With this in mind I’d booked a table upstairs in the ‘Belmont Room’…

what it lacked in busy buzzy cafe atmosphere it made up for with its elegant cruise liner inspired art deco features. The waitresses were dressed in period clothes and a live pianist serenaded us…all very sophisticated!

But let me get back to the main event…

A pot of Bettys tea room blend tea…

and a tower of delicate goodies…

dainty but well filled, crustless roast ham and smoked salmon sandwiches (with real butter of course)…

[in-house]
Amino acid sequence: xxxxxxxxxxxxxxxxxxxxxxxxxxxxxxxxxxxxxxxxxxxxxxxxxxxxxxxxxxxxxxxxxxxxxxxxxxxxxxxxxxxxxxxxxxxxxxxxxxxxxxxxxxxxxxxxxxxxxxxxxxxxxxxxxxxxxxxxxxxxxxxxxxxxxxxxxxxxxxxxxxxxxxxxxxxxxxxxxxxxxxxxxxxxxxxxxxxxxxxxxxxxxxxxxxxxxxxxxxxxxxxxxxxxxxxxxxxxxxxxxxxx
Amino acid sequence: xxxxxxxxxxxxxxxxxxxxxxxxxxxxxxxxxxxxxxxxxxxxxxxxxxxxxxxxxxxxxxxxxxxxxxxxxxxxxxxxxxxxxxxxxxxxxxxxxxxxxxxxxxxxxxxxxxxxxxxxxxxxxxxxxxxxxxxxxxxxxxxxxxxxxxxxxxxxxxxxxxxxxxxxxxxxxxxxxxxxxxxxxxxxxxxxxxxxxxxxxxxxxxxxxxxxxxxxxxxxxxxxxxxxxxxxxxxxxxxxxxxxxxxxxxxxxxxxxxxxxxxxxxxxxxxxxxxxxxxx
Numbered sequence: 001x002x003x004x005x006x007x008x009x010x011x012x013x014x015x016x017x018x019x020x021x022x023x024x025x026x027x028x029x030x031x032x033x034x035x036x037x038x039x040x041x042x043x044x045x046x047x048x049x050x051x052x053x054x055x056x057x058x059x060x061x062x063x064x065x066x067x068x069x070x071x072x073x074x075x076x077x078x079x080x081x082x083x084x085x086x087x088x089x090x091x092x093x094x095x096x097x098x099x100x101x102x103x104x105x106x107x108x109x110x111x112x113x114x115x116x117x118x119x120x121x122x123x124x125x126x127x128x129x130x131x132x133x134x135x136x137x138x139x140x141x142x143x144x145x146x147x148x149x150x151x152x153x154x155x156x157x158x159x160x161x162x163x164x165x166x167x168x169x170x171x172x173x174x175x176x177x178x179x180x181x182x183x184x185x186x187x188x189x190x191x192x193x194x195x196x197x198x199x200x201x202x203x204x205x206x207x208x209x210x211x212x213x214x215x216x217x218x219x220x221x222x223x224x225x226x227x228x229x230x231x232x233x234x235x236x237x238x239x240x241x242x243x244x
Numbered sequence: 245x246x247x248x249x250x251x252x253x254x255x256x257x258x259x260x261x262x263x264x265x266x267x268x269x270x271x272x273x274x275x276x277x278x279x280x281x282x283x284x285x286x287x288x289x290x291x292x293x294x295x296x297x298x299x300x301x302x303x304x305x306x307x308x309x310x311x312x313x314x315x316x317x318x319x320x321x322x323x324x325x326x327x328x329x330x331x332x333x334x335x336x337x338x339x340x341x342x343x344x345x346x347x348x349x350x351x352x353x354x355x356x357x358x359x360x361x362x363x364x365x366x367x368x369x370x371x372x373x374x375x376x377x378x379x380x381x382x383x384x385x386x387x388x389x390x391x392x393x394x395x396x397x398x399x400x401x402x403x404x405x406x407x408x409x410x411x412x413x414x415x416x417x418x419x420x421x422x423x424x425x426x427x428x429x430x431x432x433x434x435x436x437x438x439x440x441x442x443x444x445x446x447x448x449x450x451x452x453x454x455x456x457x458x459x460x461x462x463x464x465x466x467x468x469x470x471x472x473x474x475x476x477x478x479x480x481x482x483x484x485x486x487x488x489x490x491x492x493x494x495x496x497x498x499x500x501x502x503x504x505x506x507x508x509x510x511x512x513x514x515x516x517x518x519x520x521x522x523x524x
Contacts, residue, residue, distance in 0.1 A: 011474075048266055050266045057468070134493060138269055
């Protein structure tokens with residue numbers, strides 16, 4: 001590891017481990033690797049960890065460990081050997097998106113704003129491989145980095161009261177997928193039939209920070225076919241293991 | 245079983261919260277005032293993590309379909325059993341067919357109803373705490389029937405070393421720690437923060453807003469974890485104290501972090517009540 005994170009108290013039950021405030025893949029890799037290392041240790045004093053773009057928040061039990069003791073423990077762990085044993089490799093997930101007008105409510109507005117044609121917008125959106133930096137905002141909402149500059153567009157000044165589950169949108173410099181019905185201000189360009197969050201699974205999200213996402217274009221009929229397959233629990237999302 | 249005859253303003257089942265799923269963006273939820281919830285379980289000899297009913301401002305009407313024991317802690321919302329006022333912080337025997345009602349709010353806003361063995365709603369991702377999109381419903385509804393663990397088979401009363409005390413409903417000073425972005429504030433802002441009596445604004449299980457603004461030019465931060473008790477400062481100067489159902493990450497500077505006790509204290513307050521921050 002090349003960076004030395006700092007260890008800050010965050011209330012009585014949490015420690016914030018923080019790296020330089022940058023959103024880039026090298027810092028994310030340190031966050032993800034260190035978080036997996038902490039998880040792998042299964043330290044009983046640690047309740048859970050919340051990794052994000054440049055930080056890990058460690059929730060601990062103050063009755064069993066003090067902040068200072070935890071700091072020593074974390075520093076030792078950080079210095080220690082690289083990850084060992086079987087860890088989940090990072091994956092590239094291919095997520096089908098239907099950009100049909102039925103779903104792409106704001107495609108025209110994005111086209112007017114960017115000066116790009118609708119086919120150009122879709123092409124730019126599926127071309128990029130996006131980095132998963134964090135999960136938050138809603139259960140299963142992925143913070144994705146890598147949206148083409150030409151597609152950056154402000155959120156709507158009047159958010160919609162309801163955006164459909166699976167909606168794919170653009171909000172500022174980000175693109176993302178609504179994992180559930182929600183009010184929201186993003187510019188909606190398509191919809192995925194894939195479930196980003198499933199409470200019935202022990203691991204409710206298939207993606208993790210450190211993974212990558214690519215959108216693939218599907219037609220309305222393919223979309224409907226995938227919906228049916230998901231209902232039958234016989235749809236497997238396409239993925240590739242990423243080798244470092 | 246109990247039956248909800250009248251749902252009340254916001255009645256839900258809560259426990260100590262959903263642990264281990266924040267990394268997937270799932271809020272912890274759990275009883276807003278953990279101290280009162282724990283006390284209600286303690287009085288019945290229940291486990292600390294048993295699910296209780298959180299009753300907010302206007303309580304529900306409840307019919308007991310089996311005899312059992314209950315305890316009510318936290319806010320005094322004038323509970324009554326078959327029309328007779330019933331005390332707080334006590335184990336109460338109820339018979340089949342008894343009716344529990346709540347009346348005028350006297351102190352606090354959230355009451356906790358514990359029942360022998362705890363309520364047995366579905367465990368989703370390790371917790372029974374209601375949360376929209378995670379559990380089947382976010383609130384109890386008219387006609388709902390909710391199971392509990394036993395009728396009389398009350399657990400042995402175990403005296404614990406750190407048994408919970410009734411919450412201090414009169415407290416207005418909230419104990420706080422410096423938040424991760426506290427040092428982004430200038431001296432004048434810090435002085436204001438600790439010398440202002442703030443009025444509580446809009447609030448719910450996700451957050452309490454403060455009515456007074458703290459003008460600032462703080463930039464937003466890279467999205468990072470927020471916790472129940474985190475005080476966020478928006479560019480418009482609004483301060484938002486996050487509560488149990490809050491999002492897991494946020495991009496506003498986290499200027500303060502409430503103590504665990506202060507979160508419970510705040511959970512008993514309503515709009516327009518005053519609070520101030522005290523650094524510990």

a sultana scone, which had a very pleasant lemon zing to it served with strawberry jam and clotted cream…

and to top it off a minature chocolate eclair, a fresh fruit tart and a lemon financier…

The financier was so very moist and had a crunchy lemon drizzle topping (definitely on the ‘must bake’ list) but for me the raspberry tart really stole the show…extremely light pastry, a sweet, creamy custard filling to die for, topped with tart but succulent raspberries. It definitely deserves a picture of its own…

Despite having filled myself up with a huge breakfast at the hotel I managed to polish the whole.lot.off…

On the way out I had a recce of the shop, which was chock full of Bettys goodies…

It may have become a Mecca for tourists but the experience of a trip back in time to this wonderful afternoon tea emporium remains a thoroughly enjoyable experience.